by Rob McElwee
After a dry “rainy season” last year, Qatar this year has seen abnormally early thunderstorms and rains starting last month.
In less than three weeks, there has been 136mm of rainfall, while the annual average for capital Doha is around 75mm. Just three days of thunderstorms produced 89mm of rain.
In records going back to 1962, no significant rain was recorded in the months of June to September in Doha. October in 1977 was wet, but with just 17.3mm of rain.
The rainy season in Qatar is influenced by the Indian monsoon. In the summer, the extensive Tibetan plateau, “the roof of the world”, acts as the driving force for the monsoon and a suppressor of rainfall throughout the Middle East.
As the sun heads south, Eurasia gets colder and there is no longer a big summer monsoon system in action. This is the time when autumn storm systems leave Europe and across the Levant.
Fronts of colder air then thrust down into the Arabian Peninsula, as happened in October this year, which also coincided with another weather event.
Days later, some of that moisture also reached the Gulf states.
The combination of the first autumn breakout from Europe and the injection of moisture from cyclone Luban was the reason for the downpours and extensive flooding in Qatar on October 21.
The consequent thunder outbreaks that occurred on October 28 and 29 and ongoing since November 11, seem to have no abnormal driving force.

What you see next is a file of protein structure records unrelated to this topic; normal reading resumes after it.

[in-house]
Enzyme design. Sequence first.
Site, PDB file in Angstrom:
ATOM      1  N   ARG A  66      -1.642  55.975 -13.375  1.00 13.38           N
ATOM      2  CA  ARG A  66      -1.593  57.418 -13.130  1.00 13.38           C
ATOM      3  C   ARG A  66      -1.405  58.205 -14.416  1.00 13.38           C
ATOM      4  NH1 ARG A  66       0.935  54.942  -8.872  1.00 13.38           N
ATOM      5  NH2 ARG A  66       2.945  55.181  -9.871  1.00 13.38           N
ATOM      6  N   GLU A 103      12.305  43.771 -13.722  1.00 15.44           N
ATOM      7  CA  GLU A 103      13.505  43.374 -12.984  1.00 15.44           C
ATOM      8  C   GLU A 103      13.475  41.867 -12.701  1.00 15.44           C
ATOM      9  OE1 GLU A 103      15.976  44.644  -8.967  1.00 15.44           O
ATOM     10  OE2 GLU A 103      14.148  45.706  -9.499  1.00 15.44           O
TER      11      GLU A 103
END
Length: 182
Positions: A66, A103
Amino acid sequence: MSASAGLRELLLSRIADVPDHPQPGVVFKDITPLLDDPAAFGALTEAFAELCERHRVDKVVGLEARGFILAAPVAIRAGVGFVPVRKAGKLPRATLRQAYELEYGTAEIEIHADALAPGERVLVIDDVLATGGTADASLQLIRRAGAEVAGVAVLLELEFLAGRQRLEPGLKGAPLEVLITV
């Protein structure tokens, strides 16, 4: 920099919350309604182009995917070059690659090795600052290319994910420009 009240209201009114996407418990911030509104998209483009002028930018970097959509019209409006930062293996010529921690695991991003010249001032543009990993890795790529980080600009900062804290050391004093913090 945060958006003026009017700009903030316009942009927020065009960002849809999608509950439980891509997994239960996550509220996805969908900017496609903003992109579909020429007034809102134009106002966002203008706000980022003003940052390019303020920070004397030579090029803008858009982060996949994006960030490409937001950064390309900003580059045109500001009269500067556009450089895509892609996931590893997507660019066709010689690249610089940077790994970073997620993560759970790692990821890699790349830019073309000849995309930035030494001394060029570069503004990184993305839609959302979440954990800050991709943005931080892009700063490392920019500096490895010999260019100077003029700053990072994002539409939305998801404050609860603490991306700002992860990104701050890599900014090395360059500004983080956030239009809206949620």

There is one thing to consider though: climate change.
The weather patterns around the northern hemisphere have shown an increasing trend towards being static. In other words, the same sort of weather sits over the same region for days or weeks on end.
This is currently the case over Europe, resulting in a train of depressions from the Atlantic being directed northeastwards over Western Europe.
The quiet weather in Eastern Europe allows the naturally occurring showers over western Iran and the Gulf and storm systems over the eastern Mediterranean to keep going without suppression.
However, the trend in climate change models points to a reduction in average rainfall over the Middle East and a general rise in temperature.
It also allows for any rain that falls to be more intense. We may just be seeing a natural variation in the weather being enhanced by a changing climate.